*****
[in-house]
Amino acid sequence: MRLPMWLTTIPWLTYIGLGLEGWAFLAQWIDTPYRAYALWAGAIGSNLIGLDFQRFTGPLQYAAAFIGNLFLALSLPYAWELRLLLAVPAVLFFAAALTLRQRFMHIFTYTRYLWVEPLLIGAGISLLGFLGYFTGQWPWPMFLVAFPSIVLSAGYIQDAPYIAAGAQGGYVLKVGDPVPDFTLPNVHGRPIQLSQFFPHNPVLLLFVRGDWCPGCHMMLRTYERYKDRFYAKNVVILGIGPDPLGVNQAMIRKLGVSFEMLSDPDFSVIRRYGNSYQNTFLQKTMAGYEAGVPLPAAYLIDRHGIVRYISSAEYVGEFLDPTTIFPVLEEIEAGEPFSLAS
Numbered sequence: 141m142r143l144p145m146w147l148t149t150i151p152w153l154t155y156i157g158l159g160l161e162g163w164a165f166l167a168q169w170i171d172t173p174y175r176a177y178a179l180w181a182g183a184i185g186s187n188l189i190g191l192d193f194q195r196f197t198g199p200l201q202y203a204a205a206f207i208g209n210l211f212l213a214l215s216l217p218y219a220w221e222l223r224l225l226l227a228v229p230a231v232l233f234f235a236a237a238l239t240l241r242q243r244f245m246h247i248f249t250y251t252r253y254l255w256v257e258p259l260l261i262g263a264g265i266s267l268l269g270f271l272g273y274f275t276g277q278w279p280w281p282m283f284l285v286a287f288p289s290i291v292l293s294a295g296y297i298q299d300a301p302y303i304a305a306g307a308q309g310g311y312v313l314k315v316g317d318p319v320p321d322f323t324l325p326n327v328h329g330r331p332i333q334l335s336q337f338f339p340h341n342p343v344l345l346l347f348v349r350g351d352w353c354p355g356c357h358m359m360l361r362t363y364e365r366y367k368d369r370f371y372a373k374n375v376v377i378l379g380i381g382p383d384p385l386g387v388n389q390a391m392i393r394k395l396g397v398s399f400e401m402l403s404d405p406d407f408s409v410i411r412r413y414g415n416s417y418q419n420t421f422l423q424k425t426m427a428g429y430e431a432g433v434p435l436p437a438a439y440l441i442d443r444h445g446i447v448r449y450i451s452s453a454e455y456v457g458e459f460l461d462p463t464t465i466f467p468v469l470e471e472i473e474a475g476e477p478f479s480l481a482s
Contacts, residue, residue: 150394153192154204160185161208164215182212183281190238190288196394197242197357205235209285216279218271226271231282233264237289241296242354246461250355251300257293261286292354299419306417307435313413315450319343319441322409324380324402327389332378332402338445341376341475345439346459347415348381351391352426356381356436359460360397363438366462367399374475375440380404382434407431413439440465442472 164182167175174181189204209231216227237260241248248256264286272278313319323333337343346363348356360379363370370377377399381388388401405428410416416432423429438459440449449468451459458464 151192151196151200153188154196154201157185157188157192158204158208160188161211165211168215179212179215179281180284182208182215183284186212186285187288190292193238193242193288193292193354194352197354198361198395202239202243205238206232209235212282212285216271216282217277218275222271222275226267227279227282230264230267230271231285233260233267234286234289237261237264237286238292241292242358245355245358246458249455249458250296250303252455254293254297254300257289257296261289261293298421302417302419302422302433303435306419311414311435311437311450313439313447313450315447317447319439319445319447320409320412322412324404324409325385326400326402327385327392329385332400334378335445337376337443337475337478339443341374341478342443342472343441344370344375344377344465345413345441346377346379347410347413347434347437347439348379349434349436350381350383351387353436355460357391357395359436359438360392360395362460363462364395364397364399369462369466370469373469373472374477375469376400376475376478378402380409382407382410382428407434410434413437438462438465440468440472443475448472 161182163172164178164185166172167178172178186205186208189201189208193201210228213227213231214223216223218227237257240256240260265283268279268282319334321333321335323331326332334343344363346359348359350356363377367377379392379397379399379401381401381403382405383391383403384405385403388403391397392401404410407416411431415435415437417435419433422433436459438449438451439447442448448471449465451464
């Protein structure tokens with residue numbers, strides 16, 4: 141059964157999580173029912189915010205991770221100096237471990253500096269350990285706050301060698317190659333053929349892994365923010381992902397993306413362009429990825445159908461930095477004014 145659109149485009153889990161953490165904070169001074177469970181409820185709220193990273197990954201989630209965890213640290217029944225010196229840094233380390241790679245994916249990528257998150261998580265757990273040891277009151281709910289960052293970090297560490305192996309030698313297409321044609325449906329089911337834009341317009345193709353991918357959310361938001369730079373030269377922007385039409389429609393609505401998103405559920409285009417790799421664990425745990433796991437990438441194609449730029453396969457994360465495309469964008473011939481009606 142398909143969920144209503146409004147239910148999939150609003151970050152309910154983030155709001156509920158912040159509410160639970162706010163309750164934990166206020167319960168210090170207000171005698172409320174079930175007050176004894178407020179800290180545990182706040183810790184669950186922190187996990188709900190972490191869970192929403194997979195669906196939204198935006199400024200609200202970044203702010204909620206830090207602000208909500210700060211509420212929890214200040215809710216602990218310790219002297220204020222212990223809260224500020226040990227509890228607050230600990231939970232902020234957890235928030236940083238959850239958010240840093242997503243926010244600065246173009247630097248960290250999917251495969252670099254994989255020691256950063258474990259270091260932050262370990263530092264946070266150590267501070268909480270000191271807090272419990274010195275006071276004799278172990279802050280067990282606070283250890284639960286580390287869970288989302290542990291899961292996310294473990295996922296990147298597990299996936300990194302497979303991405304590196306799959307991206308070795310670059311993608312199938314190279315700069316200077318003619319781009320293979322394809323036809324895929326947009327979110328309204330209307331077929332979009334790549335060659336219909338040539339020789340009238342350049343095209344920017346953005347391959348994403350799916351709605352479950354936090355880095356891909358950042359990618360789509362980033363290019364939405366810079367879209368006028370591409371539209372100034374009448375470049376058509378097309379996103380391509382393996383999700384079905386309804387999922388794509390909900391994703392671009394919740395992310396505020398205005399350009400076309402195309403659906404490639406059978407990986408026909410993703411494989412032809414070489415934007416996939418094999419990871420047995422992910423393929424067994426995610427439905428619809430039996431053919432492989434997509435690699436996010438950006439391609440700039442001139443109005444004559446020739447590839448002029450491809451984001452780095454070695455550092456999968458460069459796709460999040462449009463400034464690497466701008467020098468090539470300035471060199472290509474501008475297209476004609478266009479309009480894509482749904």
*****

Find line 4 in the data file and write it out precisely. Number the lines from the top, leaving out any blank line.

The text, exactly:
Contacts, residue, residue: 150394153192154204160185161208164215182212183281190238190288196394197242197357205235209285216279218271226271231282233264237289241296242354246461250355251300257293261286292354299419306417307435313413315450319343319441322409324380324402327389332378332402338445341376341475345439346459347415348381351391352426356381356436359460360397363438366462367399374475375440380404382434407431413439440465442472 164182167175174181189204209231216227237260241248248256264286272278313319323333337343346363348356360379363370370377377399381388388401405428410416416432423429438459440449449468451459458464 151192151196151200153188154196154201157185157188157192158204158208160188161211165211168215179212179215179281180284182208182215183284186212186285187288190292193238193242193288193292193354194352197354198361198395202239202243205238206232209235212282212285216271216282217277218275222271222275226267227279227282230264230267230271231285233260233267234286234289237261237264237286238292241292242358245355245358246458249455249458250296250303252455254293254297254300257289257296261289261293298421302417302419302422302433303435306419311414311435311437311450313439313447313450315447317447319439319445319447320409320412322412324404324409325385326400326402327385327392329385332400334378335445337376337443337475337478339443341374341478342443342472343441344370344375344377344465345413345441346377346379347410347413347434347437347439348379349434349436350381350383351387353436355460357391357395359436359438360392360395362460363462364395364397364399369462369466370469373469373472374477375469376400376475376478378402380409382407382410382428407434410434413437438462438465440468440472443475448472 161182163172164178164185166172167178172178186205186208189201189208193201210228213227213231214223216223218227237257240256240260265283268279268282319334321333321335323331326332334343344363346359348359350356363377367377379392379397379399379401381401381403382405383391383403384405385403388403391397392401404410407416411431415435415437417435419433422433436459438449438451439447442448448471449465451464